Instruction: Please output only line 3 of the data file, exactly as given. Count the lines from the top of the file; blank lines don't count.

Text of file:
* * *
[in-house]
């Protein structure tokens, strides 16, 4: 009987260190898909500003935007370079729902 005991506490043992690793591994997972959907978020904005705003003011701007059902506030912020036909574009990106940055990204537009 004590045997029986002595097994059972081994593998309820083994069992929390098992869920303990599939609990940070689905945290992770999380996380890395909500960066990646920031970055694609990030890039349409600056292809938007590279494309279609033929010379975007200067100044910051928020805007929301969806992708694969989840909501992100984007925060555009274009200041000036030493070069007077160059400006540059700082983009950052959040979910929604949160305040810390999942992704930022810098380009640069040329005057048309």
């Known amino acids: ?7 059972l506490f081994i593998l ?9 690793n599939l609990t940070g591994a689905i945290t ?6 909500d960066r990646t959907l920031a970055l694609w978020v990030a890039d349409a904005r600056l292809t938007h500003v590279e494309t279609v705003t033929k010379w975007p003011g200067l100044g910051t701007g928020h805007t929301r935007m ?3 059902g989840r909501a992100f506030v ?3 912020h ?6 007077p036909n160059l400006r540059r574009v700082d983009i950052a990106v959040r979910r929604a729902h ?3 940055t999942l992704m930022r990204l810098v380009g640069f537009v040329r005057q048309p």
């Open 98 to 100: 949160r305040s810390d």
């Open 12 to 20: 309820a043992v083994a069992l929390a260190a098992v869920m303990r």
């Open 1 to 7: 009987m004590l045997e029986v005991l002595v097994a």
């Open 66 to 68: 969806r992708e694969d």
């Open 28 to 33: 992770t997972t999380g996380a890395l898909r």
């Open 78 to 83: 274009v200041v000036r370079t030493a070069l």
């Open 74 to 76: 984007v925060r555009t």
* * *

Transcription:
């Known amino acids: ?7 059972l506490f081994i593998l ?9 690793n599939l609990t940070g591994a689905i945290t ?6 909500d960066r990646t959907l920031a970055l694609w978020v990030a890039d349409a904005r600056l292809t938007h500003v590279e494309t279609v705003t033929k010379w975007p003011g200067l100044g910051t701007g928020h805007t929301r935007m ?3 059902g989840r909501a992100f506030v ?3 912020h ?6 007077p036909n160059l400006r540059r574009v700082d983009i950052a990106v959040r979910r929604a729902h ?3 940055t999942l992704m930022r990204l810098v380009g640069f537009v040329r005057q048309p």